eQuorum Customer Developments - What’s New NASA?
eQuorum partners with high-technology customers and is an intrinsic piece of the engineering control workflow. There is no doubt NASA has achieved some incredible things throughout the last century. They created the Hubble Space Telescope, explored Mars, put man on The Moon, and have essentially eliminated the word “impossible” from our vocabulary. While there are new and emerging space organizations around today, few have triggered our imagination quite like NASA. As many of us are struggling to make it though the year due to the pandemic, NASA has been making strides in innovation, and are now looking forward to new developments in space exploration.
In 2021 NASA is expected to announce which private company will be moving forward with their human landing system. Contenders include Blue Origin (funded by Amazon founder and CEO, Jeff Bezos), Dynetics, and/or SpaceX (founded by Tesla CEO, Elon Musk). Their goal is to safely send astronauts back to the Moon by 2024, and it appears as if these companies are well on their way to success.
In 2019, Bezos’s unveiled Blue Origin’s new “Blue Moon” lander, which is capable of soft-landing 3.6 metric tons on to the lunar surface. The Blue Moon lander includes equipment such as a “Star Tracker” which allows for automatous space navigation, and an optical communications system, to give astronauts and researchers gigabit bandwidth back to earth. Dissimilar to previous attempts at moon exploration, this lander is intended to utilize complete automation to explore new heights.
On the other side of the playing field, SpaceX has made major developments in its “Starship SE” (Special Edition). In a 2019 interview, CEO, Elon Musk expressed his concerns for the project saying, “…unless we improve our rate of innovation dramatically, then there is no chance of a base on the moon or a city on Mars.” Musk intends on taking his rocket beyond NASA, using the project to advance his Mars colonization efforts. He has stated he feels a fully and rapidly reusable rocket is necessary for Mars and lunar exploration, as it is a key component for making the project viable.
SpaceX's Starship-based lunar lander is very capable, NASA concluded, but also risks not being ready in time for a 2024 landing. Credit: SpaceX
While speaking at a press conference with Musk, NASA Administrator, Jim Bridenstine stated, “there is great alignment with NASA between our commercial partners,” expressing his interest in SpaceX’s newest rocket technology. With the successful simultaneous landing of SpaceX’s Falcon Heavy rocket boosters, it’s no surprise that SpaceX has garnered a ton of attention from NASA and other outside investors.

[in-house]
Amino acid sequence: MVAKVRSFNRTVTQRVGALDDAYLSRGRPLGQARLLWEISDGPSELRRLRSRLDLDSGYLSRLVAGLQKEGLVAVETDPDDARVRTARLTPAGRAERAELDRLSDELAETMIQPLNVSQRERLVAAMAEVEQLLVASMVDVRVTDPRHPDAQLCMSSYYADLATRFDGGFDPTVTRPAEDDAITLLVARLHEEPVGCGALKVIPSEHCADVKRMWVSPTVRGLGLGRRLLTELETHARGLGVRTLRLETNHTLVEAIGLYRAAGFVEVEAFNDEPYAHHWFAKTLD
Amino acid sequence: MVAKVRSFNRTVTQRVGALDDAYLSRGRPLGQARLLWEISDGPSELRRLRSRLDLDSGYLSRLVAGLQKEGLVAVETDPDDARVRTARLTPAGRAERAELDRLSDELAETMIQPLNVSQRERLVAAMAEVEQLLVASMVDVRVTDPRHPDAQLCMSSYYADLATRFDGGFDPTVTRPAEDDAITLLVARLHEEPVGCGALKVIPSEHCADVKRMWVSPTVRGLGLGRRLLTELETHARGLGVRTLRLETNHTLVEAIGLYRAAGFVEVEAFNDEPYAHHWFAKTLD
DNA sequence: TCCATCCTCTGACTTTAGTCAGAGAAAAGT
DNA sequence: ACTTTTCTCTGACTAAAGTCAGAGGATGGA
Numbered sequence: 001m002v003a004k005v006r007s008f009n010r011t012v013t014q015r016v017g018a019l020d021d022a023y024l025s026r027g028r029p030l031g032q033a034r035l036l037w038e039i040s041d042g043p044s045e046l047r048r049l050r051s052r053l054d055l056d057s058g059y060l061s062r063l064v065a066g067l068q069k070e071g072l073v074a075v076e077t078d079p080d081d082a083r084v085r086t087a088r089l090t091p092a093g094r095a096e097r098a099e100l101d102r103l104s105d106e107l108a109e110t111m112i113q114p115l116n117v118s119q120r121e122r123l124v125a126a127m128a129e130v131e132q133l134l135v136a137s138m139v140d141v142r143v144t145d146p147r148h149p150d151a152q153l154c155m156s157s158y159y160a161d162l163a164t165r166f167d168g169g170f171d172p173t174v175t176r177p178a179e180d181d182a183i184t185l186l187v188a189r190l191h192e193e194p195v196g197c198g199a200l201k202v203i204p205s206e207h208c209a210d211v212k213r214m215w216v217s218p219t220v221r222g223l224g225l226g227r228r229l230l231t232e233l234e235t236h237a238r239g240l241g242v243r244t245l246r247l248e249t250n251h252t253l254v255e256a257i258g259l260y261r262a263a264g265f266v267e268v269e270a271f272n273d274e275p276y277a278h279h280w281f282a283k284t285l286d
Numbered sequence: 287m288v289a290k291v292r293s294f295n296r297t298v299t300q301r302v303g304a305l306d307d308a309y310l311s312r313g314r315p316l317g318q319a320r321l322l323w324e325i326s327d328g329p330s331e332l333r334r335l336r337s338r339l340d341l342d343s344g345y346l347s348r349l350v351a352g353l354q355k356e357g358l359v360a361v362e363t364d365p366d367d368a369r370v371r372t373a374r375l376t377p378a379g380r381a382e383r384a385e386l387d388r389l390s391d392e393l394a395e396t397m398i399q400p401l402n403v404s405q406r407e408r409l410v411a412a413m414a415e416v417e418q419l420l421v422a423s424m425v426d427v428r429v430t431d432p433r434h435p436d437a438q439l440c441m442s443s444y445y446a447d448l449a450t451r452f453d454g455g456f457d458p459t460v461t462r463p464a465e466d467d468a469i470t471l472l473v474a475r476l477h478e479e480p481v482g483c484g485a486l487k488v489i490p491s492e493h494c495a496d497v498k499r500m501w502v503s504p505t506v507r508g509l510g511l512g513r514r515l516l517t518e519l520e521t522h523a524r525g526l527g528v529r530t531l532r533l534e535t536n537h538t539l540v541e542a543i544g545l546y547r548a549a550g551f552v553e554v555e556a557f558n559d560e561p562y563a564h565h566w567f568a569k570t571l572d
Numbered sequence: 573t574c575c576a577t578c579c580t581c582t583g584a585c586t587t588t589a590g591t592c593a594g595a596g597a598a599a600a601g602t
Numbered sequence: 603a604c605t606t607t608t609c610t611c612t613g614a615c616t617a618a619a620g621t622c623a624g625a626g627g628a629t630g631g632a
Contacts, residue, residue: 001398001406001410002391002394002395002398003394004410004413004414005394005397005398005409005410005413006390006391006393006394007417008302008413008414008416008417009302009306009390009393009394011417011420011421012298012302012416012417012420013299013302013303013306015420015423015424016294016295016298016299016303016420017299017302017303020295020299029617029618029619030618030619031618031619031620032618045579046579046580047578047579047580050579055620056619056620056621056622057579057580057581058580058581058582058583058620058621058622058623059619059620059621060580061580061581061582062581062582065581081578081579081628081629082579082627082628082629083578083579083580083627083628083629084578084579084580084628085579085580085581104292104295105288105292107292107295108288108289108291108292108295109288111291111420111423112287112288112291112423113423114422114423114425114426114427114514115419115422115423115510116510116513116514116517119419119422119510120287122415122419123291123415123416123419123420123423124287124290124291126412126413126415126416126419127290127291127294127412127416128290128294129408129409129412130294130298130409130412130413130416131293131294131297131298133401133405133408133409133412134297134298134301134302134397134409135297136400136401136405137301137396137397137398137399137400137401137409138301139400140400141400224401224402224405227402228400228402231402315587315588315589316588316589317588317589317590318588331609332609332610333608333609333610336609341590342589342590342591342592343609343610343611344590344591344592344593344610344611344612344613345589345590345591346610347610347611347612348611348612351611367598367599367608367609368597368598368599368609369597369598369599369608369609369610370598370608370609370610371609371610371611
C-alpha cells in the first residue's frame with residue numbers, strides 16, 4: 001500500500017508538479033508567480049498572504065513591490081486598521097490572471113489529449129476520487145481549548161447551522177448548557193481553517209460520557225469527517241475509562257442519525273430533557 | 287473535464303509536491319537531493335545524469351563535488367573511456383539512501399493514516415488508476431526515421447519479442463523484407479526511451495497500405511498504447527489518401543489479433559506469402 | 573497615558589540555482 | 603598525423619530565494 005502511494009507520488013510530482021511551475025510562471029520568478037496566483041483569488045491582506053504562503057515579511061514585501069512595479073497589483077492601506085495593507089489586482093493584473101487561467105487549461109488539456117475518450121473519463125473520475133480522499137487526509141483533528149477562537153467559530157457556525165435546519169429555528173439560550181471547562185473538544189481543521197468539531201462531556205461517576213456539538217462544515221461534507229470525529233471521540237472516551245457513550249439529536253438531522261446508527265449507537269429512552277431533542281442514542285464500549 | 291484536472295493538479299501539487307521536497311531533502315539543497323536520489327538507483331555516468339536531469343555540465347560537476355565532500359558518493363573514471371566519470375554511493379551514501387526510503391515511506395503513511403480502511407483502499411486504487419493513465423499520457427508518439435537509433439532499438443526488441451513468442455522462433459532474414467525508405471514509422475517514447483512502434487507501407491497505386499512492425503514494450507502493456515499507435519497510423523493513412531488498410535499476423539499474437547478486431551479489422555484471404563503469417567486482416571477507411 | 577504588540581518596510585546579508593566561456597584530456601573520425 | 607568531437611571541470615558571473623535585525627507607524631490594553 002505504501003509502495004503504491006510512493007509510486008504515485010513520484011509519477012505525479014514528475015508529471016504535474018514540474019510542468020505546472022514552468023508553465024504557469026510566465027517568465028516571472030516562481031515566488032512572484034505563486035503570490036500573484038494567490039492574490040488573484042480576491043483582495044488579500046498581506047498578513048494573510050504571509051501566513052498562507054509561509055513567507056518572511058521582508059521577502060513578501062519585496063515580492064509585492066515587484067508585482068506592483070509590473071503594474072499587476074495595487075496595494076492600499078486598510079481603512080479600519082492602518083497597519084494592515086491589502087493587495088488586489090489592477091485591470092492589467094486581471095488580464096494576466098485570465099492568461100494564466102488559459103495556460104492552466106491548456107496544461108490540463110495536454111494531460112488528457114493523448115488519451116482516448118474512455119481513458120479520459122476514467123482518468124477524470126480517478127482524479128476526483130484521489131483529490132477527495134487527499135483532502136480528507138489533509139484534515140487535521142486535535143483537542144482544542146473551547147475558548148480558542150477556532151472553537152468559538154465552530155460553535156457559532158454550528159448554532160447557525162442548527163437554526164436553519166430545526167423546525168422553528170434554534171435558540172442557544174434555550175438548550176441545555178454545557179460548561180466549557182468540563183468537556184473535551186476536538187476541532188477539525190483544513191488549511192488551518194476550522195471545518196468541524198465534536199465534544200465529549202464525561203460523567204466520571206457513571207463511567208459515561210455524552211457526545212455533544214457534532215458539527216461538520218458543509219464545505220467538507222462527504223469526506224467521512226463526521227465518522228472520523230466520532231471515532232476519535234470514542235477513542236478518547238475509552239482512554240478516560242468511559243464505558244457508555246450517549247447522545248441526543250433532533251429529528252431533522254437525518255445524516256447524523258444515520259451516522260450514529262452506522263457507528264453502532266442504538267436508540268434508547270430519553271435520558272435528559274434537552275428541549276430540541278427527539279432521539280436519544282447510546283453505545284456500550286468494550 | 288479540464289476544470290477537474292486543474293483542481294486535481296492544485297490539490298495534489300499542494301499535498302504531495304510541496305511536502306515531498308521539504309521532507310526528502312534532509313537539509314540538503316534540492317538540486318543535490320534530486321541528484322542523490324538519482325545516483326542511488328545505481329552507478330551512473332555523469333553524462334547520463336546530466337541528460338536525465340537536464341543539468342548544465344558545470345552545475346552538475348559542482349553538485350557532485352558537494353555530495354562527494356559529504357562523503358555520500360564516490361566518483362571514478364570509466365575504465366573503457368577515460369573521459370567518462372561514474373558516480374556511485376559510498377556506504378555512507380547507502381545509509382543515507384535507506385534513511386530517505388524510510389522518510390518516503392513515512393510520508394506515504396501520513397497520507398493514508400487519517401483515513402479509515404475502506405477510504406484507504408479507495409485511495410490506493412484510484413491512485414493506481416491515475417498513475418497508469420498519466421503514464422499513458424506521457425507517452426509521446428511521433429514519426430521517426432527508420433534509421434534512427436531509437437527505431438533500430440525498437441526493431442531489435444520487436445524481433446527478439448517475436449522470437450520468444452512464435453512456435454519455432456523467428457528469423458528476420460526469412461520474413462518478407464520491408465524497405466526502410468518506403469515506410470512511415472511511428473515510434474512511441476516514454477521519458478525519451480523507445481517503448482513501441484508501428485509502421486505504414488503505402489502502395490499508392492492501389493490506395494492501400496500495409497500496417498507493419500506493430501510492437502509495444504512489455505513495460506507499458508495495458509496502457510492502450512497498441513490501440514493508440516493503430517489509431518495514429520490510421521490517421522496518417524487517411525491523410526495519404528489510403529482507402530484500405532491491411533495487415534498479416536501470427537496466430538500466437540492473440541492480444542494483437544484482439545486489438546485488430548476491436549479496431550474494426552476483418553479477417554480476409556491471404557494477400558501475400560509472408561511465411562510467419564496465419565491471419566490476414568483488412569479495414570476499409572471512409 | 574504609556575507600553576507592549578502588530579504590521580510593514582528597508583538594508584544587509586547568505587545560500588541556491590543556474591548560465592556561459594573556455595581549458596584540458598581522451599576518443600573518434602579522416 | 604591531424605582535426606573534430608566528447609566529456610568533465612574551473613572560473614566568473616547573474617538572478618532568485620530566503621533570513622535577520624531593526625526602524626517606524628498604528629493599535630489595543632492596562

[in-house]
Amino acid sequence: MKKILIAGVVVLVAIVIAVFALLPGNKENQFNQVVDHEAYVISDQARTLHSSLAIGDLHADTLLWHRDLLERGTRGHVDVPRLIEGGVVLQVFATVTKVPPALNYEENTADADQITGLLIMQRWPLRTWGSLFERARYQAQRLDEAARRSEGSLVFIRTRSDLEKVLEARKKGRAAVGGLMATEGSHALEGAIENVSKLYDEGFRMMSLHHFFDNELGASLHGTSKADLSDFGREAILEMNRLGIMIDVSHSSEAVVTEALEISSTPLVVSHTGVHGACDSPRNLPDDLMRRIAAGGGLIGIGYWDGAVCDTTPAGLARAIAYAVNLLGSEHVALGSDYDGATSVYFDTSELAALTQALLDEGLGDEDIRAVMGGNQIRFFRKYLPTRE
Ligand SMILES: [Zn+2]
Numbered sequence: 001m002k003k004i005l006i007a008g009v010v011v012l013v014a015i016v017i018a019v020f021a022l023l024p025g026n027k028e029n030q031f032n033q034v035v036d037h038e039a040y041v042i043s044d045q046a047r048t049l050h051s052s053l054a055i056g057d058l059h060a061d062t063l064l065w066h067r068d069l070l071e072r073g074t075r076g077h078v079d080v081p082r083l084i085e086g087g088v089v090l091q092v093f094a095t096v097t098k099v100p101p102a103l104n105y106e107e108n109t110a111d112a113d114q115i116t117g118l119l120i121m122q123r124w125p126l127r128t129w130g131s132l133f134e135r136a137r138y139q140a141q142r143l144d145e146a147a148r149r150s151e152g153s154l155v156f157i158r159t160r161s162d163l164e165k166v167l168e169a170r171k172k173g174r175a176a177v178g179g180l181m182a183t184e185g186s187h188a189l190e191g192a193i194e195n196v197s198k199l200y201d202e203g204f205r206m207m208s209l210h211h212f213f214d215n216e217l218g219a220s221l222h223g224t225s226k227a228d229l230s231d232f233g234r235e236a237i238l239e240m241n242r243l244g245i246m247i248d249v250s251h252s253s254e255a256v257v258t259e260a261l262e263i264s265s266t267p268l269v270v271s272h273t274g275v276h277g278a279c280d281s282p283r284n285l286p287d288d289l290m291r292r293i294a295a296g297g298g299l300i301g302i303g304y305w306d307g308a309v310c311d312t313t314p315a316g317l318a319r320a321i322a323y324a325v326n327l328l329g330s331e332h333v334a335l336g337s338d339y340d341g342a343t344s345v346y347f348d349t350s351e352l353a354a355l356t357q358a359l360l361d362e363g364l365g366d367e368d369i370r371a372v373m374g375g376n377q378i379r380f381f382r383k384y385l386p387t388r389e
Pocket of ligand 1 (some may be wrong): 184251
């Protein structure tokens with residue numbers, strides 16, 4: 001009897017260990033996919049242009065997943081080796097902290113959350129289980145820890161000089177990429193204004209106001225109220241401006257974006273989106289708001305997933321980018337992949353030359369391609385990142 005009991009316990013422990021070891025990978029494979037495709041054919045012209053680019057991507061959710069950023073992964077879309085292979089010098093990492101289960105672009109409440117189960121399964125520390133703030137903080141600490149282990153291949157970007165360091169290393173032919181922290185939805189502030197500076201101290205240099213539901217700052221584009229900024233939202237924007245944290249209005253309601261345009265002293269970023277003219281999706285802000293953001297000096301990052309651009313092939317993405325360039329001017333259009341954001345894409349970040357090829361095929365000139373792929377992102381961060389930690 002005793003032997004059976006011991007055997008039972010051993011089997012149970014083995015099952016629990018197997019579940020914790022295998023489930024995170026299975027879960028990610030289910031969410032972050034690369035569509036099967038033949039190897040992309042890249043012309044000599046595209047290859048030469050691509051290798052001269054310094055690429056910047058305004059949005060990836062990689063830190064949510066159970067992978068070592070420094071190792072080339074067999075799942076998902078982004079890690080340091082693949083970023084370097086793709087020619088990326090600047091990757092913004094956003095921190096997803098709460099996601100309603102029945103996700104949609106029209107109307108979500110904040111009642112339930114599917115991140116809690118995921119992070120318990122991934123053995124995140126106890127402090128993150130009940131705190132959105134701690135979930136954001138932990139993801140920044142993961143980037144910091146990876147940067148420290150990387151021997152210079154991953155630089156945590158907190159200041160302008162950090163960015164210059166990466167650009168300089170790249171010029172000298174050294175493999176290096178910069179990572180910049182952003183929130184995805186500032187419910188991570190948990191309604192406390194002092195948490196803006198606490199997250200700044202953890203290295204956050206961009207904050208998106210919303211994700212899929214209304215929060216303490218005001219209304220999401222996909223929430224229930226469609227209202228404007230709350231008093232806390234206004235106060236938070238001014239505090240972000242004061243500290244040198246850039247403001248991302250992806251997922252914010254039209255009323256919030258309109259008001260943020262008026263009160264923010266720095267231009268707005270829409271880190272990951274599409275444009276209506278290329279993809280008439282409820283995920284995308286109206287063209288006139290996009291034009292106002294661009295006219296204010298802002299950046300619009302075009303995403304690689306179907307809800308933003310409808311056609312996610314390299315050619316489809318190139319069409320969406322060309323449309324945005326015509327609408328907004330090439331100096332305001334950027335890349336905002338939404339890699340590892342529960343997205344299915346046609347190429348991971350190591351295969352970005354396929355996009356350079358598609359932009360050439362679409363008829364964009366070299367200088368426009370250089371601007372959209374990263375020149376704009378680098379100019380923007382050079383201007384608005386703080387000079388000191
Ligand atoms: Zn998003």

Aside from the lunar project, the NASA team also plans to begin its first planetary defense test in July of 2021, with the Double Asteroid Redirection Test (DART).
Every year, our planet is hit with objects roughly the size of a table (a pretty insignificant collision). DART, however, intends on redirecting an asteroid the size of the Washington Monument, using a car-sized projectile. Objects this size collide with earth every few thousand years, inflicting damage on a regional scale. While the asteroid in question is not a direct threat to Earth, it will be used as a test to determine whether their technology is capable of preventing a catastrophic event of this nature in the future.
Next year, NASA aeronautics teams will prepare for the initial flight of their X-59 QueSST aircraft. This aircraft is unlike any plane used by NASA in the past. It is a low-boom, supersonic X plane used to provide data that will pave the way for faster, long-distance travel. The intention behind these tests are to collect community response data on the acceptability of the quiet sonic boom generated by the unique design and shape of the aircraft, which will then be used by regulators to establish an acceptable commercial supersonic noise standard. Assuming all goes well, these tests have the potential to lift the ban on supersonic travel over land.